I think they turned out really well so I wanted to share them with you. There is an iTunes Podcast feed if you want to subscribe as there are 115 poems. You can view them at the MS Cav Studios Audioboo channel.

Here is one from a boy and one from a girl to give you a taste.  Sylvia S.  and  Jack P.





Happy 30th Birthday Mac

 

For those of you older then 30, today was a big day in terms of the history of the computer. 30 years ago today, The Macintosh Computer was introduced leading to a drastic change in how we use computers and other forms of technology. For those of you under 30, this is the foundation that lead to the marvels you hold in your hands today.

http://www.apple.com/30-years/

Where will the next 30 years take us, and what part will you play in shaping it?

Steve Jobs introducing the Macintosh which shows his marketing and presentation genius.

 

Students and Me Minecrafting

 
I have long wondered what the big deal was about Minecraft even though I think the power of games are something schools and teachers need to utilize. Over the years I have purchased games for our students to learn with like Gamestar Mechanic, Scratch, and Evolver from Dimensionu. In fact we have run Minecraft EDU at the Lower School for about 2 years now so most of the students now in the middle school have been exposed before they get to me. I no longer prevented students from downloading the Minecraft app so they could play at recess. Both labs are often full or near full because of this change. I had mentioned to some students that perhaps we should setup our own Minecraft EDU server even though I had never played. The students were listening (like they always do) so one day, I got a message that a Google Doc had been shared with me called
BugguCraft Server Proposal. Below is a portion of what was outlined in the now 34 pages outline of why we should setup a BugguCraft Server. Yes, that is 34 pages written with a plan on setting up, administering, creating, rules, contests, and other assorted information.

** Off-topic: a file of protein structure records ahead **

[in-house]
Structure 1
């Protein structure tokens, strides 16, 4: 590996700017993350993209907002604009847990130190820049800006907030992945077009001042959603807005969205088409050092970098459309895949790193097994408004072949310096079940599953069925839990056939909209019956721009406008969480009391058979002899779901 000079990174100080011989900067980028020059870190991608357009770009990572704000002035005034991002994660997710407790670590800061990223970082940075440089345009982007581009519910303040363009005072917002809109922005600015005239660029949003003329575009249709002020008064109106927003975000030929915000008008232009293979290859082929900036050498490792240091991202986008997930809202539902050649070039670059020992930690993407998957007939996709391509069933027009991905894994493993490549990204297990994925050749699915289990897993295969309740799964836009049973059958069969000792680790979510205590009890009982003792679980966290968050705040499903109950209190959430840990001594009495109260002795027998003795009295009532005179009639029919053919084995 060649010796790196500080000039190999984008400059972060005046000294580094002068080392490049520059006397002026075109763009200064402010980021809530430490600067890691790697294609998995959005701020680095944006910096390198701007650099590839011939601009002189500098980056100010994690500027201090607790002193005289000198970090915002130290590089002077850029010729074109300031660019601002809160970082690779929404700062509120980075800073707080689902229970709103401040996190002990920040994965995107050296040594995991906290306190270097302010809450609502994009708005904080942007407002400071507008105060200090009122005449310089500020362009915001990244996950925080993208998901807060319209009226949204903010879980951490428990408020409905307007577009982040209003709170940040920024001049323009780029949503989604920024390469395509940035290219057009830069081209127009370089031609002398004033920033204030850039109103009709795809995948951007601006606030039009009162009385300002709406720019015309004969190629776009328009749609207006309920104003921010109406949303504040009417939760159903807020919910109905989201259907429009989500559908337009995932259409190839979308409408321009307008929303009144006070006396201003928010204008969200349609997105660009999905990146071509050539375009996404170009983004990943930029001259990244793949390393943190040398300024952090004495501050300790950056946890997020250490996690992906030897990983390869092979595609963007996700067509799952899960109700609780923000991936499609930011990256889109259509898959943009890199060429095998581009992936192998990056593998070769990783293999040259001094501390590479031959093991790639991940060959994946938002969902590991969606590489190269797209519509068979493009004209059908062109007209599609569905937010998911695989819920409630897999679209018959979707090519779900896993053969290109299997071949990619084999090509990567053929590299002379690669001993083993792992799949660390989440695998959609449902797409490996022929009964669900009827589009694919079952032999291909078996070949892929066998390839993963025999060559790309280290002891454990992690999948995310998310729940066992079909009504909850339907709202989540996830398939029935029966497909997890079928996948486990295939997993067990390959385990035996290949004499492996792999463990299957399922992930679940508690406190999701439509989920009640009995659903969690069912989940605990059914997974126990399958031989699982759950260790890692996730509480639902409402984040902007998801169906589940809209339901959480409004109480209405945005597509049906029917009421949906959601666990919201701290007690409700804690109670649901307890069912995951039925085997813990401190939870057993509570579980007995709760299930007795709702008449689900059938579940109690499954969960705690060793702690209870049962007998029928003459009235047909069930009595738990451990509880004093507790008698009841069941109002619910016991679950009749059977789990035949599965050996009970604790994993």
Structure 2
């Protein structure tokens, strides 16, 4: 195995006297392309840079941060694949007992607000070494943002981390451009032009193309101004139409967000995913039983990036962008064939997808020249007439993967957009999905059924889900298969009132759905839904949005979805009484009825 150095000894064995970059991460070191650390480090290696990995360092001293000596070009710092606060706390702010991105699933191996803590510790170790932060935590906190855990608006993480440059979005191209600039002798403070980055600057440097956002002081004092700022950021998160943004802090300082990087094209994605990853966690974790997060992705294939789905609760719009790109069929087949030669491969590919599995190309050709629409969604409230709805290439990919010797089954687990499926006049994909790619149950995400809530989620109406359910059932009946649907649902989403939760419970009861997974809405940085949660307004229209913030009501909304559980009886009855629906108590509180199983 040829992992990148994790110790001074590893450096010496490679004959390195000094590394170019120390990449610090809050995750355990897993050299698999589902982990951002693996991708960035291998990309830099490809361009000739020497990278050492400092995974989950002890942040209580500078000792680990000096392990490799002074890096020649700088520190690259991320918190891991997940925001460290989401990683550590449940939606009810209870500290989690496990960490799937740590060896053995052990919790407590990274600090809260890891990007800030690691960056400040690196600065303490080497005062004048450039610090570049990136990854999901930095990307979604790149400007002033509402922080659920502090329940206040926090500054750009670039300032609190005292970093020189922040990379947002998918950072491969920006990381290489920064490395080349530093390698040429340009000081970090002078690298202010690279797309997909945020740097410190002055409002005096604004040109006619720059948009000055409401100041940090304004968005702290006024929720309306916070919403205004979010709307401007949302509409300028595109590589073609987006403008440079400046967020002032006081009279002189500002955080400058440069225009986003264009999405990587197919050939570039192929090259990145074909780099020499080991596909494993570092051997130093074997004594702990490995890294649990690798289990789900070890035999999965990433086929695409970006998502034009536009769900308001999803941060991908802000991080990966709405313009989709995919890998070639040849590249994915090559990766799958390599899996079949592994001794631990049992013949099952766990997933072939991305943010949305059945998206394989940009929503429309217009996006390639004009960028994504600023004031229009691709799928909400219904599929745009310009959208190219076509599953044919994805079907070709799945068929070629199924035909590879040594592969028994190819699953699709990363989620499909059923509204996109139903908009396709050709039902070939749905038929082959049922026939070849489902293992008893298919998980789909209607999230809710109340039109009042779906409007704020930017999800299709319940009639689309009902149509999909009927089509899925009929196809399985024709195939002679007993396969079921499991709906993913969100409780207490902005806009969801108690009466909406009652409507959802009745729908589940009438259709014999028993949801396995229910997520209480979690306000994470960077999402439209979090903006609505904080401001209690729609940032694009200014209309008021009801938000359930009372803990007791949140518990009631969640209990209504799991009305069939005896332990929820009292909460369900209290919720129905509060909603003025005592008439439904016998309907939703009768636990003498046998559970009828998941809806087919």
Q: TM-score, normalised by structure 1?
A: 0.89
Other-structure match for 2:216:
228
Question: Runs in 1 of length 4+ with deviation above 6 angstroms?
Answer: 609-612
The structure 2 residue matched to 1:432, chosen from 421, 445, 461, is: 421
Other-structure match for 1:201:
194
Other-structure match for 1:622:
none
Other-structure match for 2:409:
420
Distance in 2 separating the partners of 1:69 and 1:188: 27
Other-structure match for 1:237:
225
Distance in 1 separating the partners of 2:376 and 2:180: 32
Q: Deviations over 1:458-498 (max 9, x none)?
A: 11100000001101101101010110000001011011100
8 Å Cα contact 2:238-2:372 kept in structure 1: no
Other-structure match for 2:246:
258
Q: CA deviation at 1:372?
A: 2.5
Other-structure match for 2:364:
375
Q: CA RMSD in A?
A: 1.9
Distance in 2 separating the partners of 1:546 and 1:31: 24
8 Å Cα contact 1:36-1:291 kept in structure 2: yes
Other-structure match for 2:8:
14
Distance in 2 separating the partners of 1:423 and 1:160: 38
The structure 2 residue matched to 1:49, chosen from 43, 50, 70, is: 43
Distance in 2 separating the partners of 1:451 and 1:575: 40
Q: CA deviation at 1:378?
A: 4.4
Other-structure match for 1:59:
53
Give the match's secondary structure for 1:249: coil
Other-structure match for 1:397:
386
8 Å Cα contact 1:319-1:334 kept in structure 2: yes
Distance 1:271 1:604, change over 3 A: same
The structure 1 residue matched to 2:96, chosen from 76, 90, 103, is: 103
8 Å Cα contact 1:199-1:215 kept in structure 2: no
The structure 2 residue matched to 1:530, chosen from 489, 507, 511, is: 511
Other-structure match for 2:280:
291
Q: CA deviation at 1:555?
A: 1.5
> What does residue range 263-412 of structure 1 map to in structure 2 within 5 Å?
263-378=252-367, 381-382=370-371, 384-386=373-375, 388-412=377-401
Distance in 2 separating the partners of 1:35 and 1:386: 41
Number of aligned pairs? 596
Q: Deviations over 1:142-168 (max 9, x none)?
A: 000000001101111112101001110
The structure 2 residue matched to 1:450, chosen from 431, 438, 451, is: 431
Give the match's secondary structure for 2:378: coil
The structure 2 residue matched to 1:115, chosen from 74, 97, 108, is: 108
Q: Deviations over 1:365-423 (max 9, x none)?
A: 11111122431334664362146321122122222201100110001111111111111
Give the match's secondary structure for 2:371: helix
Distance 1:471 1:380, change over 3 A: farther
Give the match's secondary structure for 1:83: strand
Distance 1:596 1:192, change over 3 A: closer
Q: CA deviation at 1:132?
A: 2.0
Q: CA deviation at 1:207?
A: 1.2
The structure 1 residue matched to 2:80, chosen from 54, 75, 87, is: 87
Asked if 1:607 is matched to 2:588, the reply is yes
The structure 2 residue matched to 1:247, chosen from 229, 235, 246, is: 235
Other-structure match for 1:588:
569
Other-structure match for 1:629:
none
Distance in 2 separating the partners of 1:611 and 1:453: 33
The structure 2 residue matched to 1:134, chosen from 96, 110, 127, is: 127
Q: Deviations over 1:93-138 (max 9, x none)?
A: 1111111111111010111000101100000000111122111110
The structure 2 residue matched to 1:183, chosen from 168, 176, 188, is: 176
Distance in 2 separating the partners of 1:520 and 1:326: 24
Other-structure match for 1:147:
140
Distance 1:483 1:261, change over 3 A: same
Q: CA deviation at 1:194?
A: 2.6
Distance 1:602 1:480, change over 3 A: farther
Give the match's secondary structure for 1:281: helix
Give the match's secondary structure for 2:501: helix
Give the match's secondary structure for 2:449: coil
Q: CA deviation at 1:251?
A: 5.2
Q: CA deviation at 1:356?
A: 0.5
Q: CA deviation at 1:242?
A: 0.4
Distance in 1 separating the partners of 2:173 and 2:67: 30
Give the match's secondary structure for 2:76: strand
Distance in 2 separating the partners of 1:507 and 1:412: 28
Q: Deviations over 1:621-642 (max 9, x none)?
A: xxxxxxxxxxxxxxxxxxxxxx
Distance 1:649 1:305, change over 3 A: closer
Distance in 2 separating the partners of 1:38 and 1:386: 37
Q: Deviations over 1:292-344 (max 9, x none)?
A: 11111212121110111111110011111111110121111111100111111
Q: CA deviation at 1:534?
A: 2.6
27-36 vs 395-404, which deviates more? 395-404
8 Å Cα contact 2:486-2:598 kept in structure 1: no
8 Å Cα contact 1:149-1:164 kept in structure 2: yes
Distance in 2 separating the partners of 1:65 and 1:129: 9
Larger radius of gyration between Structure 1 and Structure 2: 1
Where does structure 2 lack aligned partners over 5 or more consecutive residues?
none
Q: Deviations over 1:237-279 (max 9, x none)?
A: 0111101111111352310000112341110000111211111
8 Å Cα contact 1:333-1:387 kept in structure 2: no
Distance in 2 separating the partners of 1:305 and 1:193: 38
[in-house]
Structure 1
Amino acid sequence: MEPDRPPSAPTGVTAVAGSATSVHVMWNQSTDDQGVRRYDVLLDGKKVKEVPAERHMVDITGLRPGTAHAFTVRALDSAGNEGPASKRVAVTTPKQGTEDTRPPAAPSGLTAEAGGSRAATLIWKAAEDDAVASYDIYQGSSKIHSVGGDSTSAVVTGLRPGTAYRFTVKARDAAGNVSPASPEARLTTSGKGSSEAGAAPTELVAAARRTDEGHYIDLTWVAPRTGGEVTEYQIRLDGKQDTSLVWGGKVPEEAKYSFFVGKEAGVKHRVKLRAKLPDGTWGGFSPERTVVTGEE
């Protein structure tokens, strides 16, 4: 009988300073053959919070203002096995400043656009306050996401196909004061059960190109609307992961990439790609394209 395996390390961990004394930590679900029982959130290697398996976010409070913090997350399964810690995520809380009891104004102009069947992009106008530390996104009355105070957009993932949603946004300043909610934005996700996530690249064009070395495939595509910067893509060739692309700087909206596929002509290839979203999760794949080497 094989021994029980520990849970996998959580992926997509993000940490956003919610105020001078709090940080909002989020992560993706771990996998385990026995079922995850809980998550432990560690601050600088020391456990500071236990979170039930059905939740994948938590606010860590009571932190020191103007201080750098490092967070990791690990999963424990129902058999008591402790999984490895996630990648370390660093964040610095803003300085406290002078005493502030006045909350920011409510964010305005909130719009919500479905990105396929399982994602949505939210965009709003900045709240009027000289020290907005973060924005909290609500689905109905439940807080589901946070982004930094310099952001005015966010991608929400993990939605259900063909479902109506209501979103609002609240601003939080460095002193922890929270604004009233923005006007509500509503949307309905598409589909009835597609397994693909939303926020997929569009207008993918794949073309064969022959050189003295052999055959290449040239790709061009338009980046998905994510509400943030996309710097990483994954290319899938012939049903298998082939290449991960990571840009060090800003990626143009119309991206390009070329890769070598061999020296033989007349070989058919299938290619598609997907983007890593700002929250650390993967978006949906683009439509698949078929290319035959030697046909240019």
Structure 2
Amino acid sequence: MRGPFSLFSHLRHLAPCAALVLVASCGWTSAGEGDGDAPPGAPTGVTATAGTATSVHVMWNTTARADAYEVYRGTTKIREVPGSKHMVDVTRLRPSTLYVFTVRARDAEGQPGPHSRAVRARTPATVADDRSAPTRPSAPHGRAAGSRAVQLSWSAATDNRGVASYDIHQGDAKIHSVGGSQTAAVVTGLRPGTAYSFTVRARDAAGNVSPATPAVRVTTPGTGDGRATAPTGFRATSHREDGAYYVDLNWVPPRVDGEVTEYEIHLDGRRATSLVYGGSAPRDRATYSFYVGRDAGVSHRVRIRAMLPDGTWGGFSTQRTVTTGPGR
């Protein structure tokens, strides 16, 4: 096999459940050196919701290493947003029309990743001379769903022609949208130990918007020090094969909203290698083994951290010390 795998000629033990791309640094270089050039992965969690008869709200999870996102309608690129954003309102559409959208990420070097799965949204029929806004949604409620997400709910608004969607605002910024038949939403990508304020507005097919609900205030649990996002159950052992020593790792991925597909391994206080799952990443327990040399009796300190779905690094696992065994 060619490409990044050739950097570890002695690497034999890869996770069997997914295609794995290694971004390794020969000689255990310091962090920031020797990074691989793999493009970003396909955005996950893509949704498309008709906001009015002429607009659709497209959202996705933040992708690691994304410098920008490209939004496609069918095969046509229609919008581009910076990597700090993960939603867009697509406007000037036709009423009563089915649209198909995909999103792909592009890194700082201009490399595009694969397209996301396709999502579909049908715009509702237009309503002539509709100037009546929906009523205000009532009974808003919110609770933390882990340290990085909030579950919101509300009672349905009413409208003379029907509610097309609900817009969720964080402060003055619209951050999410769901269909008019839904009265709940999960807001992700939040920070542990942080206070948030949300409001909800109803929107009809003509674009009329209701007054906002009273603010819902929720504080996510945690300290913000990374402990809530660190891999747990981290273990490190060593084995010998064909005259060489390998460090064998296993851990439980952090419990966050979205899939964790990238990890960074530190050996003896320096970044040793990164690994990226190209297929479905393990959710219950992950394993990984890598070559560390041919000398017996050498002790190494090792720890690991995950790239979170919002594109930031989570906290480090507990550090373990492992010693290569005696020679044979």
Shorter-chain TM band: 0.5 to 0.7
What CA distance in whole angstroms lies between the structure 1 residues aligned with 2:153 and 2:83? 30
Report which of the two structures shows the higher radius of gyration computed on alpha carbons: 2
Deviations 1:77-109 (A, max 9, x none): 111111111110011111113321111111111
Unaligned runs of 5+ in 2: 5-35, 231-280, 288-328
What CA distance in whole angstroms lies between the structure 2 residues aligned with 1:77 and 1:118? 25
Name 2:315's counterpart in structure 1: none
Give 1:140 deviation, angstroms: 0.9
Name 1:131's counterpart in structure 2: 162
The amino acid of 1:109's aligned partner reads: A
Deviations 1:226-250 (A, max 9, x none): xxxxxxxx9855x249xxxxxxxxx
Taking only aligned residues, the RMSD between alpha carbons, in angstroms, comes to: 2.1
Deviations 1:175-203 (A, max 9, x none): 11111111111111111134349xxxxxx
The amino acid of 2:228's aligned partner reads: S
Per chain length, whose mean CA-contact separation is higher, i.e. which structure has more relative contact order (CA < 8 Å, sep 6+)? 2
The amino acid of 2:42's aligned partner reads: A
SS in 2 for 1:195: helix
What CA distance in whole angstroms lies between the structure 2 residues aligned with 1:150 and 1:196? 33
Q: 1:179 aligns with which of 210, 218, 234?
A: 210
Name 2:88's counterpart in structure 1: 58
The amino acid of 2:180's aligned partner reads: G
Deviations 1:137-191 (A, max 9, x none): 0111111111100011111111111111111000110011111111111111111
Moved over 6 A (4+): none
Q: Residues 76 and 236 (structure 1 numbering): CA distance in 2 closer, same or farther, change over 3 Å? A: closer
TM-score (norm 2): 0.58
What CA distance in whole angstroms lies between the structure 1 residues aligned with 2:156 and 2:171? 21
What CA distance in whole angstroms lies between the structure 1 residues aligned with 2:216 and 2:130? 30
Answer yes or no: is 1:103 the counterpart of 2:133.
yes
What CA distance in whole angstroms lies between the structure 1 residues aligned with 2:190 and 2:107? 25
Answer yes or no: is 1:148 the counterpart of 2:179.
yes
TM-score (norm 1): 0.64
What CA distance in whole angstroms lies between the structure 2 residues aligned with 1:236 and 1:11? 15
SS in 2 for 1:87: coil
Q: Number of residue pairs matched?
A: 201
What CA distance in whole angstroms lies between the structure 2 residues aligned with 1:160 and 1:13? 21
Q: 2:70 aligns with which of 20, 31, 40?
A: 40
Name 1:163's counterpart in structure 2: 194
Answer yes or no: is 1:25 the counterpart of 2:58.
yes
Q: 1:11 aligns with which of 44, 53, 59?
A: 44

We (David, Tanner, Davi) have been considering making a server to house our mini-games called BugguCraft. We decided to create a server so we could ban, make rules, and make classes and games that are easily accessible and fair. Tanner’s contributions will include adding Bukkit to be able to make this game fun, which will make cheating almost impossible, and it will be more fair. Tanner knows Java so he can program the plugins that go in it. We will be the admins, and we can “Kick” people off of the server if they are being naughty (this means if they are griefing, spamming or cursing in the chat, or not obeying the rules), or “Ban” them, if the rule breach is more serious.

Rules:

No griefing

No swears

No hacking

No cheating

No trolling

Be fair

Be nice

Have fun

The 3 boys have really taken off with this and over winter break they purchased a Minecraft gift code to thank me. They wrote me a nice note about how they appreciate the help of Mr. Beck who setup the server hardware (an old iMac) and myself and how grateful they are. They even gave me a suggested username: Kartuffle. Today, at lunch recess I joined in for my first Minecraft lesson in the labs with the rest of the students. David was very patient with teaching me the basics and kept telling me I was a fast learner. Always nice to hear since I was trying to use the keyboard shortcuts and get a handle on what I was doing. The first thing I learned was that instead of destroying the objects I was harvesting. This is pretty big as most people, myself included, do not see the chopping as a mirror of what our civilization has done for years.

It was a great day and by the way, we are going to offer a student run Minecraft club using some of those 34 pages of ideas and rules. Later, I have to chop some wood!